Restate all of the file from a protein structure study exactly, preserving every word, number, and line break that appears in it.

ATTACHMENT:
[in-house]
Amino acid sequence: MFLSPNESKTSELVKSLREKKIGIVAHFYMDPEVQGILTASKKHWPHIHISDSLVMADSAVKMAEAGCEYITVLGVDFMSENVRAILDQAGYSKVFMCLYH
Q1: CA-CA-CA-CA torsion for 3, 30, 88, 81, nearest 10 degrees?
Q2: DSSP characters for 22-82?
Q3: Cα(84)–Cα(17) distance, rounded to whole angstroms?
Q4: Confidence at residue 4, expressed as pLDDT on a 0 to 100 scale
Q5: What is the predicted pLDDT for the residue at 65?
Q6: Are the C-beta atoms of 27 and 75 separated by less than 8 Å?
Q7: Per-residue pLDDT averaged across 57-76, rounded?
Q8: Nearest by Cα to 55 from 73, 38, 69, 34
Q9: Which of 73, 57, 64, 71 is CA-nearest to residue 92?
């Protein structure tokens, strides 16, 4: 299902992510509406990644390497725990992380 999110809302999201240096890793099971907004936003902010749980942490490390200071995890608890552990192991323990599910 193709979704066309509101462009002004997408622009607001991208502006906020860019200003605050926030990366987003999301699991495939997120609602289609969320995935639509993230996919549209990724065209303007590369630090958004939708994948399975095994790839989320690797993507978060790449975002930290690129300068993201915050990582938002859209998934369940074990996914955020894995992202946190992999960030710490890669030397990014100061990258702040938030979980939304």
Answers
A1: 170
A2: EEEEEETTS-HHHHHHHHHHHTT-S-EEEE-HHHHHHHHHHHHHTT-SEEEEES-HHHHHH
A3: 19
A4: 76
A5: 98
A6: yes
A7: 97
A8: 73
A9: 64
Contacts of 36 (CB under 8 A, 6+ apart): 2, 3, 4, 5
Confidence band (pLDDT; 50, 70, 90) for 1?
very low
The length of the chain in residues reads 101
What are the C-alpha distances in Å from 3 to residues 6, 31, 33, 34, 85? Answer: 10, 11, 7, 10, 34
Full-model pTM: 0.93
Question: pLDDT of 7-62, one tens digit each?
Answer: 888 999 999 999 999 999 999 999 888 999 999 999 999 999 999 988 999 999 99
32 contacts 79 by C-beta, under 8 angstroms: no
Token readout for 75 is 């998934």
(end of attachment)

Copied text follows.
[in-house]
Amino acid sequence: MFLSPNESKTSELVKSLREKKIGIVAHFYMDPEVQGILTASKKHWPHIHISDSLVMADSAVKMAEAGCEYITVLGVDFMSENVRAILDQAGYSKVFMCLYH
Q1: CA-CA-CA-CA torsion for 3, 30, 88, 81, nearest 10 degrees?
Q2: DSSP characters for 22-82?
Q3: Cα(84)–Cα(17) distance, rounded to whole angstroms?
Q4: Confidence at residue 4, expressed as pLDDT on a 0 to 100 scale
Q5: What is the predicted pLDDT for the residue at 65?
Q6: Are the C-beta atoms of 27 and 75 separated by less than 8 Å?
Q7: Per-residue pLDDT averaged across 57-76, rounded?
Q8: Nearest by Cα to 55 from 73, 38, 69, 34
Q9: Which of 73, 57, 64, 71 is CA-nearest to residue 92?
């Protein structure tokens, strides 16, 4: 299902992510509406990644390497725990992380 999110809302999201240096890793099971907004936003902010749980942490490390200071995890608890552990192991323990599910 193709979704066309509101462009002004997408622009607001991208502006906020860019200003605050926030990366987003999301699991495939997120609602289609969320995935639509993230996919549209990724065209303007590369630090958004939708994948399975095994790839989320690797993507978060790449975002930290690129300068993201915050990582938002859209998934369940074990996914955020894995992202946190992999960030710490890669030397990014100061990258702040938030979980939304």
Answers
A1: 170
A2: EEEEEETTS-HHHHHHHHHHHTT-S-EEEE-HHHHHHHHHHHHHTT-SEEEEES-HHHHHH
A3: 19
A4: 76
A5: 98
A6: yes
A7: 97
A8: 73
A9: 64
Contacts of 36 (CB under 8 A, 6+ apart): 2, 3, 4, 5
Confidence band (pLDDT; 50, 70, 90) for 1?
very low
The length of the chain in residues reads 101
What are the C-alpha distances in Å from 3 to residues 6, 31, 33, 34, 85? Answer: 10, 11, 7, 10, 34
Full-model pTM: 0.93
Question: pLDDT of 7-62, one tens digit each?
Answer: 888 999 999 999 999 999 999 999 888 999 999 999 999 999 999 988 999 999 99
32 contacts 79 by C-beta, under 8 angstroms: no
Token readout for 75 is 């998934």